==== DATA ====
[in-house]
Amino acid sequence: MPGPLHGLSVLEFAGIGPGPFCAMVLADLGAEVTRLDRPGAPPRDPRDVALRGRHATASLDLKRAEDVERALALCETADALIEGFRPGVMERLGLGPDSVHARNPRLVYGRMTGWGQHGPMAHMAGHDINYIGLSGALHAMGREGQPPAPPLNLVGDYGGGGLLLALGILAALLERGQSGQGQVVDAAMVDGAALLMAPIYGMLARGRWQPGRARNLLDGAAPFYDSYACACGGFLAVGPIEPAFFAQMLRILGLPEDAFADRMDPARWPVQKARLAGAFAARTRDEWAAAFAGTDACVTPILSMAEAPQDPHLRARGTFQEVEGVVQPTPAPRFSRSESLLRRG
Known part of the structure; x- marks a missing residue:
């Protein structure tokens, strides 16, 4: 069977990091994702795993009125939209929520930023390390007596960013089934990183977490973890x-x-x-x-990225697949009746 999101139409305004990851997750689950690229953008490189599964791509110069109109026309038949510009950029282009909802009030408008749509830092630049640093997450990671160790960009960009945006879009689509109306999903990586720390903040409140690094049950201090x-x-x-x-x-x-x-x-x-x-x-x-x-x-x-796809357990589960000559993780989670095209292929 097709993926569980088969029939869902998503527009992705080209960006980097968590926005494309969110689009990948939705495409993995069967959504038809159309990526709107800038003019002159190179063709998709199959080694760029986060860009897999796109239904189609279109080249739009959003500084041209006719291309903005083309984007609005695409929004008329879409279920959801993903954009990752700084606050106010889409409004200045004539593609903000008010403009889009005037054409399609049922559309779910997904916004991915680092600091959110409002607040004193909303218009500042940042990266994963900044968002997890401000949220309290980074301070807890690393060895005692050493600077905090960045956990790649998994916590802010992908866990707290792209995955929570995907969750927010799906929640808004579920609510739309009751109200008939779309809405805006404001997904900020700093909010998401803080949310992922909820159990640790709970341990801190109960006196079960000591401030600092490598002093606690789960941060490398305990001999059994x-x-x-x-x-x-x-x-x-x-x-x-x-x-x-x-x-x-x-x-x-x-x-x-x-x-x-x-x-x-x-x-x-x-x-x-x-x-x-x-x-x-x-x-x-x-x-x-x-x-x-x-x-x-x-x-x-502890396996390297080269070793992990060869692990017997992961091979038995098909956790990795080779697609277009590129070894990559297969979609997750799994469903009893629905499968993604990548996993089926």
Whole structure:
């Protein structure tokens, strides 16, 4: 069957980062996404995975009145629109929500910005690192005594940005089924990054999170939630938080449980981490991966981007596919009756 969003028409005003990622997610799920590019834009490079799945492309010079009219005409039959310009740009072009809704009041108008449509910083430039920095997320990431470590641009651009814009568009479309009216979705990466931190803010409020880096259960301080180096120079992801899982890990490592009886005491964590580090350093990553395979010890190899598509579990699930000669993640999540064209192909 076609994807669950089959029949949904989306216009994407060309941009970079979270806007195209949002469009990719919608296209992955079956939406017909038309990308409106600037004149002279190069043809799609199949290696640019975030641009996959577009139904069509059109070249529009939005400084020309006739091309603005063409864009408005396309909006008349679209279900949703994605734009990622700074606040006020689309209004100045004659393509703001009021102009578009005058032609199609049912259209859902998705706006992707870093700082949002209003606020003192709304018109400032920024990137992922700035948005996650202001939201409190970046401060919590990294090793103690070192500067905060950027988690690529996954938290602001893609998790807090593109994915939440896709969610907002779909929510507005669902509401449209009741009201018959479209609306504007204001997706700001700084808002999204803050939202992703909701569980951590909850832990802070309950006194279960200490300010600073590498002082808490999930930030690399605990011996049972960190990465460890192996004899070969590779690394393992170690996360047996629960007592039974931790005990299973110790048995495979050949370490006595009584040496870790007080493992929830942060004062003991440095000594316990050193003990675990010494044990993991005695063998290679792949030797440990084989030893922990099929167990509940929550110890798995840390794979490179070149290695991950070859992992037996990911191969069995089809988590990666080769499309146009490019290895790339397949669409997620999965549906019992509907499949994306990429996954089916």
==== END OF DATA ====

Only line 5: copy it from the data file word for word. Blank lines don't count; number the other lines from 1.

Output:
Whole structure: